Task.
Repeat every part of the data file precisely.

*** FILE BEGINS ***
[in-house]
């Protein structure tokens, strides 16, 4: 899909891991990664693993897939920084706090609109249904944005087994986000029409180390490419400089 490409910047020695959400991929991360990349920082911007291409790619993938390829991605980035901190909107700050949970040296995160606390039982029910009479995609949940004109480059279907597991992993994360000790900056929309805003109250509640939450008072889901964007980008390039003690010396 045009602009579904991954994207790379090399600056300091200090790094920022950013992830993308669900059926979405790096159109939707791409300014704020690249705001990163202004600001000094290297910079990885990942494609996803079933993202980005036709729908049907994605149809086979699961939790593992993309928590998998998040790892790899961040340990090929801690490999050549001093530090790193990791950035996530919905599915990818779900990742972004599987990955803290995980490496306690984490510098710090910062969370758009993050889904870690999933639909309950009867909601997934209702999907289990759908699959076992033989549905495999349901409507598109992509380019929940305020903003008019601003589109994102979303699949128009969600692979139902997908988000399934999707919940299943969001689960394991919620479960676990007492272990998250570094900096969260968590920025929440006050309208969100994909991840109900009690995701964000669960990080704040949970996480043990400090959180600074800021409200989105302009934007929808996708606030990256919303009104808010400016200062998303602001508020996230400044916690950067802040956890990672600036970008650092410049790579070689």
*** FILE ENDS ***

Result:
[in-house]
């Protein structure tokens, strides 16, 4: 899909891991990664693993897939920084706090609109249904944005087994986000029409180390490419400089 490409910047020695959400991929991360990349920082911007291409790619993938390829991605980035901190909107700050949970040296995160606390039982029910009479995609949940004109480059279907597991992993994360000790900056929309805003109250509640939450008072889901964007980008390039003690010396 045009602009579904991954994207790379090399600056300091200090790094920022950013992830993308669900059926979405790096159109939707791409300014704020690249705001990163202004600001000094290297910079990885990942494609996803079933993202980005036709729908049907994605149809086979699961939790593992993309928590998998998040790892790899961040340990090929801690490999050549001093530090790193990791950035996530919905599915990818779900990742972004599987990955803290995980490496306690984490510098710090910062969370758009993050889904870690999933639909309950009867909601997934209702999907289990759908699959076992033989549905495999349901409507598109992509380019929940305020903003008019601003589109994102979303699949128009969600692979139902997908988000399934999707919940299943969001689960394991919620479960676990007492272990998250570094900096969260968590920025929440006050309208969100994909991840109900009690995701964000669960990080704040949970996480043990400090959180600074800021409200989105302009934007929808996708606030990256919303009104808010400016200062998303602001508020996230400044916690950067802040956890990672600036970008650092410049790579070689």